Altogether about 250 leaders of youth came together in Birmingham to compare notes and to pray and plan for the future. Every part of the British Isles was represented, the team from Scotland being particularly numerous There were also delegates from Den mark, Holland, Belgium and France. A U.S. chaplain represented Germany and there were a number of outstanding laymen from North America present at this momentous convention.

Speaking of the spirit of unanimity in aim and purpose, Montague Goodman, a leading brother among the Plymouth Brethren, declared: “I have never attended a convention in which the Holy Spirit had as complete charge as this one.”

Q. In view of the appalling need for Christian workers in England, it would be edifying if you would relate the details of the momentous Saturday nigh meeting of the Belfast campaign.

A. At least one meeting in every campaign we presented a missionary challenge. In Belfast two meetings were held on the same night, one at 7:00 and another at 8:00. 175 made a response in the first meeting and 130 ‘1 the second meeting. Mr. Thompson of the India General Mission dealt wi them, and later declared that never he seen that many young people who “meant business with God.”

Q. Undoubtedly, you have enjoy many unusual experiences as you preached and talked to the unsaved Please tell us one or two choice items.

A. We had moved from Holborn Hall to St. John’s Church. That night I felt that I was preaching in the power of the Spirit. None moved at the invitation. We sang a second hymn which we never did before. Down the aisle came a well dressed, handsome man; he gripped my hand with a tight grip that seemed to penetrate all through me and said: “I want to know your Christ–I need Him.” I dealt with him as a little child. He got up and with his face beaming said: “I’m the happiest I ever been in my life.” At the door he was greeted by two persons who we converted in our last meetings in the city. I was then told that this man was the District Attorney for the city of ________________(Manchester). Monday morning this man called his entire office force together and said: “From now on this office will be run on Christian principles. I’ve been converted.” This, I believe, is the solution to social problems.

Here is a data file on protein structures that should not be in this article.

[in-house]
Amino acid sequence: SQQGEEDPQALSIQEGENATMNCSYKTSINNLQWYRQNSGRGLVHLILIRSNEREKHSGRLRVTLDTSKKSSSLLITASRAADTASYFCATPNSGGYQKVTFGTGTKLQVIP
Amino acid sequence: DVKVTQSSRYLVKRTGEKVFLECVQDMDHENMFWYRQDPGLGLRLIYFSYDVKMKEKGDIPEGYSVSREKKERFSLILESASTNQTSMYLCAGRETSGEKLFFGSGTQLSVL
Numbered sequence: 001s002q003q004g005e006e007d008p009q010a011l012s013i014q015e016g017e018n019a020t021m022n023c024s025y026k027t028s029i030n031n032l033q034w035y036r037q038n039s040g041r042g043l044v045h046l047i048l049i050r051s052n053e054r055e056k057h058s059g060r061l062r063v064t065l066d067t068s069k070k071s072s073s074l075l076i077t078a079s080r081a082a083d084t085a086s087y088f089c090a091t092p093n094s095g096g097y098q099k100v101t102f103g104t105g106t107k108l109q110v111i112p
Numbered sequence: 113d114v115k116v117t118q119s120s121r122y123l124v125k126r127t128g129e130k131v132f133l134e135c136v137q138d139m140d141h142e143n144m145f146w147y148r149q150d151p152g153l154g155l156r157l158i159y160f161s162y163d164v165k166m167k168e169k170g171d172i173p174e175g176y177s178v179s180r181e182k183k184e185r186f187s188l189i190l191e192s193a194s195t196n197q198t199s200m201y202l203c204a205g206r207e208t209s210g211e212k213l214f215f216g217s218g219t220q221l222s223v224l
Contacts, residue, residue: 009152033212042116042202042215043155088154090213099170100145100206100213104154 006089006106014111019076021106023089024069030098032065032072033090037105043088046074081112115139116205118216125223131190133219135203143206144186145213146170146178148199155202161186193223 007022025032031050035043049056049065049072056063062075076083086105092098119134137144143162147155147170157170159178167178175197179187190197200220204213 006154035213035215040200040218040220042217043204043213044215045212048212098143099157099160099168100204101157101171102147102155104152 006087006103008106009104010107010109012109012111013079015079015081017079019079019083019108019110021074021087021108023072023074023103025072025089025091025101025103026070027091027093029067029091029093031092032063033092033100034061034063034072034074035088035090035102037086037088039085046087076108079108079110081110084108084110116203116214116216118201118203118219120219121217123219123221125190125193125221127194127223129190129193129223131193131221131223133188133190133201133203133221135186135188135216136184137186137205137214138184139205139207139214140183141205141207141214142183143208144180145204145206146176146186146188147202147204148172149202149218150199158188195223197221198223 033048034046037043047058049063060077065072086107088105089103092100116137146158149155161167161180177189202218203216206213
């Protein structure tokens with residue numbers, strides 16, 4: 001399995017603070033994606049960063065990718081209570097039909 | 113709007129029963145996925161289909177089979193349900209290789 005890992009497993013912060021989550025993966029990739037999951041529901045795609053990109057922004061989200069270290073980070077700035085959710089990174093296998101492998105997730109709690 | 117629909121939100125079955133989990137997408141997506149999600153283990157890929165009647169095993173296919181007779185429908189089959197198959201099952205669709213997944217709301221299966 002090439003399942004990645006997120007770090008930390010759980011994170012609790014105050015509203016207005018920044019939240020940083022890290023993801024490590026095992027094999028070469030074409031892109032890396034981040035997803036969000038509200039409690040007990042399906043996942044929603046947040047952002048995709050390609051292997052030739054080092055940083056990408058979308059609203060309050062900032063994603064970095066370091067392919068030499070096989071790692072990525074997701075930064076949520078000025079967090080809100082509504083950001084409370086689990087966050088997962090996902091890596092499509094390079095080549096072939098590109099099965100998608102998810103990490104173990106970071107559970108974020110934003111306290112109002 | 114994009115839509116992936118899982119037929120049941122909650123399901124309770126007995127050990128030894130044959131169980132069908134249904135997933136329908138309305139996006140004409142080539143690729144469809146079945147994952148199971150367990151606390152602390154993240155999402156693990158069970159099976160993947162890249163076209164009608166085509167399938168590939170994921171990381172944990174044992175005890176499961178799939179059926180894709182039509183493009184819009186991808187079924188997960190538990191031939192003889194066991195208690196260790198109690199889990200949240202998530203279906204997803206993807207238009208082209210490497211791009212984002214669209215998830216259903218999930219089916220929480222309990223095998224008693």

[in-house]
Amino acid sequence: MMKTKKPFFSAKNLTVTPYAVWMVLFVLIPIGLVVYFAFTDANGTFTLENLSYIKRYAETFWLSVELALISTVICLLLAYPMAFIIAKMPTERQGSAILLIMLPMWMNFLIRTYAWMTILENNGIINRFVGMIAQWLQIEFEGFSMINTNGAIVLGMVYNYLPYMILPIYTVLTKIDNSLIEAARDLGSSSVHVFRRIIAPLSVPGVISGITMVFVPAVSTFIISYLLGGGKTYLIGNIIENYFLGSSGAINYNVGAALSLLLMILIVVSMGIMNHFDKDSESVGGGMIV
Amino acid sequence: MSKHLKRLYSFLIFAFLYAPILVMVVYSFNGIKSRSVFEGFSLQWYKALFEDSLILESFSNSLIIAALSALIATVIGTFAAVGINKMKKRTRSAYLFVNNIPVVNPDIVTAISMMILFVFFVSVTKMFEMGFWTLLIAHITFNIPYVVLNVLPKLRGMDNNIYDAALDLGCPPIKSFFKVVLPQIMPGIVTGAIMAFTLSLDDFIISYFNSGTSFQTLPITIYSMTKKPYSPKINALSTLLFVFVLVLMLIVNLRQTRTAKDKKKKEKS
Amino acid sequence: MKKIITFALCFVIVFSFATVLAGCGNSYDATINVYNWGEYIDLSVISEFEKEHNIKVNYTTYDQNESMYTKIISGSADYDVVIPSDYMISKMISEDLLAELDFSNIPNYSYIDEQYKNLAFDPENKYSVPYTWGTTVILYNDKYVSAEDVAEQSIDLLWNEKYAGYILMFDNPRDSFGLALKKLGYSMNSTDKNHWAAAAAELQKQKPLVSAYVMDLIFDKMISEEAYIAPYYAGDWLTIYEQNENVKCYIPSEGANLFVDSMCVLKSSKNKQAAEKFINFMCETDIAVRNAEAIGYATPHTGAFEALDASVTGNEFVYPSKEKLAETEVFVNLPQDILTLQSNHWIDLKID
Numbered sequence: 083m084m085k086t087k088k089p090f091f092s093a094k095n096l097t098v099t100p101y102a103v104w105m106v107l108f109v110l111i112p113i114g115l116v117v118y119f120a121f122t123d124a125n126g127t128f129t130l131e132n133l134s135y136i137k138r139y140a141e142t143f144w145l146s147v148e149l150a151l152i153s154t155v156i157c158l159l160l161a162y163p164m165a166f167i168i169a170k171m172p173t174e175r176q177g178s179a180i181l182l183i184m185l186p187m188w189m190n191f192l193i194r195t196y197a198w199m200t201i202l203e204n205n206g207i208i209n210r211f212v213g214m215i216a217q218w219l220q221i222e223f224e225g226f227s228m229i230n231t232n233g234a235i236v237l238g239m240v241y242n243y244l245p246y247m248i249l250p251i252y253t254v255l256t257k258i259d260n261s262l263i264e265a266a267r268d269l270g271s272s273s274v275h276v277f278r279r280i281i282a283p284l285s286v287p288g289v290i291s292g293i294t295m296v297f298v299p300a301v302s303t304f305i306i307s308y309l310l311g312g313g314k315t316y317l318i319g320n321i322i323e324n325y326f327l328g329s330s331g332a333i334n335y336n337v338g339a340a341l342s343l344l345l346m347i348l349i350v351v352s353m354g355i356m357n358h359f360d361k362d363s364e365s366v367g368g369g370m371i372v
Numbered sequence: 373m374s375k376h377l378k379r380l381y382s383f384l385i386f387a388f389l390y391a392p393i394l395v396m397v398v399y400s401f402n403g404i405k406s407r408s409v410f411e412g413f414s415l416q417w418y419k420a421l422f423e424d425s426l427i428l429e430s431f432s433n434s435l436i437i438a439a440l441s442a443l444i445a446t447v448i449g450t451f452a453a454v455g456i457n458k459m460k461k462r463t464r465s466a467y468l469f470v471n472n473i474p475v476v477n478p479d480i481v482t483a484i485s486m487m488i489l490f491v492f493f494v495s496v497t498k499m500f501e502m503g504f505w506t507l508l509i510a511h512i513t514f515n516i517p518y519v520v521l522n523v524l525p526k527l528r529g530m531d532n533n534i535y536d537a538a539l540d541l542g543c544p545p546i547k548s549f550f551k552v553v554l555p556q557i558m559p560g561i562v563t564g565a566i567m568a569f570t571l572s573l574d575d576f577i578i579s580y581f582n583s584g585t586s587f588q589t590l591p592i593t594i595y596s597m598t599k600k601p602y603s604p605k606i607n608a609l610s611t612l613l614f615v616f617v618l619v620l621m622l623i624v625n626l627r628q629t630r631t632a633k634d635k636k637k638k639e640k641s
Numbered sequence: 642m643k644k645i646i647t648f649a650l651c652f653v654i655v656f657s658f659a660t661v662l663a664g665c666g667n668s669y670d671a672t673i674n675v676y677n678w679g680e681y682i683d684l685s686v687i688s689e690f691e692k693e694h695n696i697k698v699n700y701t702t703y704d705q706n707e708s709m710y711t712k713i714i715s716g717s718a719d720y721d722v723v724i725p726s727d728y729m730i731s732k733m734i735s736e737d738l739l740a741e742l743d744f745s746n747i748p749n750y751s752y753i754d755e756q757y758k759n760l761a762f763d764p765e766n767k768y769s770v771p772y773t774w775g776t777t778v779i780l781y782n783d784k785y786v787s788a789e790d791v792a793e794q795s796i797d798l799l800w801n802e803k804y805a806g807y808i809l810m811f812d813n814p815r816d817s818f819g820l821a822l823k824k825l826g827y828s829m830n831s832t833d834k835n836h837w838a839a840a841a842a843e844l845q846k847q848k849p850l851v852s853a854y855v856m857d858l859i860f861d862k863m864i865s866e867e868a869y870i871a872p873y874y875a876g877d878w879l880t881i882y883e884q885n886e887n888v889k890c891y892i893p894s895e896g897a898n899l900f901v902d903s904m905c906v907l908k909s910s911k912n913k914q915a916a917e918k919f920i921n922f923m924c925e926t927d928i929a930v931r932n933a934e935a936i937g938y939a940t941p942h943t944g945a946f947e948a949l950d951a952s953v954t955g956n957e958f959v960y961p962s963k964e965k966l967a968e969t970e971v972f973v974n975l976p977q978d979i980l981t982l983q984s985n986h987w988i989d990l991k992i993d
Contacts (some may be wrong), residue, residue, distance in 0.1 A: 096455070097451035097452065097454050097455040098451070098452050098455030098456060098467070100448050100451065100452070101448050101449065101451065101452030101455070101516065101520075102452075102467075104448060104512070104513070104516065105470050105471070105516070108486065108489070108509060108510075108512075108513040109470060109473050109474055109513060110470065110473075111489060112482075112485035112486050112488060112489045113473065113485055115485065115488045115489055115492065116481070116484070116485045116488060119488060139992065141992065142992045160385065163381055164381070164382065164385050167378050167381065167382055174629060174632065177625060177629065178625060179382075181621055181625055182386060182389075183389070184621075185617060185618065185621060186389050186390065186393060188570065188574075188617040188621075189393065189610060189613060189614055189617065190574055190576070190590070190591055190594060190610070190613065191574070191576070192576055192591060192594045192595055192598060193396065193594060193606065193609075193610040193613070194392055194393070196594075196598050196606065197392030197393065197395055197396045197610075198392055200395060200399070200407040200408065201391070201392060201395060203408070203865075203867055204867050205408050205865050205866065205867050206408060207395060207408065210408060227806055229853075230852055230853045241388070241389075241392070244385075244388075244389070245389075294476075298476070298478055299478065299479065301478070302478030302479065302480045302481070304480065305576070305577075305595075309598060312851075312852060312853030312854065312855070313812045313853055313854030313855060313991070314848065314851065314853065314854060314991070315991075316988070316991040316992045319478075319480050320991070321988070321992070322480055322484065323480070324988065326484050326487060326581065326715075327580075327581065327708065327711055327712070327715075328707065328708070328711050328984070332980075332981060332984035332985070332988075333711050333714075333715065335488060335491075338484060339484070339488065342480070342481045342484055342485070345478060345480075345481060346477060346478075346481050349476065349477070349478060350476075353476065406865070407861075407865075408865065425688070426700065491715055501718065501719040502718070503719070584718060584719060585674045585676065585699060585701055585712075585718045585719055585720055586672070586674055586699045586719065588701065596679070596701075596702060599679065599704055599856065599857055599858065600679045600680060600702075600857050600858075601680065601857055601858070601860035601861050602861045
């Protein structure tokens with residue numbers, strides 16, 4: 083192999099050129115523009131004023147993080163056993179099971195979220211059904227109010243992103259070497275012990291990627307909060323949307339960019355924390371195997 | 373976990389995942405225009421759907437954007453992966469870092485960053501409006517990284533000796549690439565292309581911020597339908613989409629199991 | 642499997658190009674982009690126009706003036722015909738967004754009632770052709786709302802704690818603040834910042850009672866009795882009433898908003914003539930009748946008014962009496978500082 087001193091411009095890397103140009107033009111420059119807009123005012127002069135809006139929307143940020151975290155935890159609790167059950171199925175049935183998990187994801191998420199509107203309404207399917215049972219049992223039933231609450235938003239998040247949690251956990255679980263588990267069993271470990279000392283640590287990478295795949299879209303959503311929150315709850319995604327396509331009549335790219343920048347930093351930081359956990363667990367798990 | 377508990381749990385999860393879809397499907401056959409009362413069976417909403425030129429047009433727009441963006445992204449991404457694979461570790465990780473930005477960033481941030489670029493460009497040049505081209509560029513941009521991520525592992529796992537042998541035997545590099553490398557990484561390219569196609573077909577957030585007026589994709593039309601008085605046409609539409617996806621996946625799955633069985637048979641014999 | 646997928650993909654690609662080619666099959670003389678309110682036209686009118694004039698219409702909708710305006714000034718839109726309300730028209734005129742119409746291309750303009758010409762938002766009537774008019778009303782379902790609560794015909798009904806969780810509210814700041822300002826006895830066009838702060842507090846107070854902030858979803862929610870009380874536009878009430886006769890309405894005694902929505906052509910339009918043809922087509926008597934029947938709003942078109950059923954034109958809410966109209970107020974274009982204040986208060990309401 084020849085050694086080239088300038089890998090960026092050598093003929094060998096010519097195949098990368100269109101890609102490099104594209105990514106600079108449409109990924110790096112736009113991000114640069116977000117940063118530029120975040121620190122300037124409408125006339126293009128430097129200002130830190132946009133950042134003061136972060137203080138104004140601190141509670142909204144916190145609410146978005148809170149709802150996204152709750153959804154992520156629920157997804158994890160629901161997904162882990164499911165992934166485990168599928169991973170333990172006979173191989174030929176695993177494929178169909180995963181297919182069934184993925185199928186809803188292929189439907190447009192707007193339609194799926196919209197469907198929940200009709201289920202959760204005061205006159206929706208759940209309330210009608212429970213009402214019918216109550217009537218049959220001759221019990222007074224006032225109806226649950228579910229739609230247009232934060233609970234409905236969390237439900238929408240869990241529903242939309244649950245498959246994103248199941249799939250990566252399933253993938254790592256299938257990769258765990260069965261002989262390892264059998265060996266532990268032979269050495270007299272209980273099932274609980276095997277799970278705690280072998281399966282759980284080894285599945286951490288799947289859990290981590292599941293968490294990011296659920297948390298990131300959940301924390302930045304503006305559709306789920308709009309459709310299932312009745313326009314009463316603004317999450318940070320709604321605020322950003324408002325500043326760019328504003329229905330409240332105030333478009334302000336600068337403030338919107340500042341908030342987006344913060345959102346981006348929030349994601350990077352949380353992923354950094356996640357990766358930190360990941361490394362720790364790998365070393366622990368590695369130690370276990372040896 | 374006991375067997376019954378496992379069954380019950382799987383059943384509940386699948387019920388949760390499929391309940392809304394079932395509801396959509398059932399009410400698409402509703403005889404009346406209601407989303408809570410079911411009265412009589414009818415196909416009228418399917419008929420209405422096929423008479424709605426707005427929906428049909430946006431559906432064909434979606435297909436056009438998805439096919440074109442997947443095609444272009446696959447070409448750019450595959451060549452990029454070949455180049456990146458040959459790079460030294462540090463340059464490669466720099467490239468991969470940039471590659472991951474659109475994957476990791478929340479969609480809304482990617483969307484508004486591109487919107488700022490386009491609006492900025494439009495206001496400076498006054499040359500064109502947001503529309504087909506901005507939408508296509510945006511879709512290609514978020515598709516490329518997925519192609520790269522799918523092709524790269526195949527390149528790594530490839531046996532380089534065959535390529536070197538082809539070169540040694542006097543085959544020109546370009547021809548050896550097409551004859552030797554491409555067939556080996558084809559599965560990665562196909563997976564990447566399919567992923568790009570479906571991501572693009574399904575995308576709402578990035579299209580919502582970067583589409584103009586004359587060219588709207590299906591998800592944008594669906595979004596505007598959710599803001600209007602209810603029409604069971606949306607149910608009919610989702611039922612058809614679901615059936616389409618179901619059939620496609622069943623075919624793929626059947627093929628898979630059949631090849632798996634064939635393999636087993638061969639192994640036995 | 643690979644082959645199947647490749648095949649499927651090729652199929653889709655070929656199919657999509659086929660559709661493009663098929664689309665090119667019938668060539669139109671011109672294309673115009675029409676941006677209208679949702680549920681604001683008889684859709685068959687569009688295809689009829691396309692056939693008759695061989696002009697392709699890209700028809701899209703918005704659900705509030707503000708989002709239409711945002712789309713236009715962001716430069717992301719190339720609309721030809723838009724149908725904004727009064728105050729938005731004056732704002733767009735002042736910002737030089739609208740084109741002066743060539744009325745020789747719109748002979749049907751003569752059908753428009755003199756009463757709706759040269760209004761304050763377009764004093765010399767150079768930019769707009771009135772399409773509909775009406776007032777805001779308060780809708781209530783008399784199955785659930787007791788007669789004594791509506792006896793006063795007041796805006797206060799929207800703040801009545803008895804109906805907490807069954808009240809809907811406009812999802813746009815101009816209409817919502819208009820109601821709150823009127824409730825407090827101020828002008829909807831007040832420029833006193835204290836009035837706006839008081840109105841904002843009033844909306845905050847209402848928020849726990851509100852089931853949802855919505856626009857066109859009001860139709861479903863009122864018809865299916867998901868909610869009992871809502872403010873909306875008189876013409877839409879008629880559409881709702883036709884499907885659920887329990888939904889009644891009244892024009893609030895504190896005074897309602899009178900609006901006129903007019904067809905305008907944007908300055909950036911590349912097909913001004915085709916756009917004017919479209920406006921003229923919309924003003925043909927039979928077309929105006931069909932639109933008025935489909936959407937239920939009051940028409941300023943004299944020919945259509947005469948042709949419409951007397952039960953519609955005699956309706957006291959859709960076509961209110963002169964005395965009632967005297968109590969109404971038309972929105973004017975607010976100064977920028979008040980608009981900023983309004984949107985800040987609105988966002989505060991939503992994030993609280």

At Newcastle-on-Tyne, a black man was sitting in the rear of the auditorium and when the invitation was given he came down and as he was dressed qt strangely, J was attracted to him. I asked: “Do you want to be a Christian?” He accepted Christ and a great big smile came across his face with hi pearly teeth showing, and said: “I’m“ the happiest I’ve ever been. This is wonderful; I’ve never known anything this.” This man was the son of a Nigerian Chief, whom, upon his father’s death, would take over the tribe and was studying at the university. He added: ‘Tm going back to my people in Nigeria and tell them about the wonderful Saviour we have in Christ.”

Q. The secular and religious press of both Britain and America has reported your activities for the past six months. The testimony from every quarter has been honoring to our Saviour and complimentary to you. My question now is “What spiritual reaction has taken place in your own heart and soul as a result of this campaign”

A. At least three direct results of our British meetings have already become apparent to me. (1) My own Christian life has been deepened because in England a great deal of stress is laid on victorious living. I learned a great deal from the many men of God that I came to contact with and the impression they ave made on my life is very deep. (2) My own missionary vision has been broadened. Something happened to me as I watched the hardened Communists (in Paris) march down the streets with their anti-God slogans and banners... . . I realized anew that now is the time to evangelize Europe. It was appalling to learn that out of 999 young people out of every 1,000 in England never go to any type of church, and it was glorious :see some of these same thousands flock into our meetings even though I preached every night for almost a solid hour. (3) I am conscious of a deep sense of need on the part of our own country to present a Christian testimony. Europe is looking to America for spiritual as well as economic leadership--we must not fail them. We must present a clear testimony.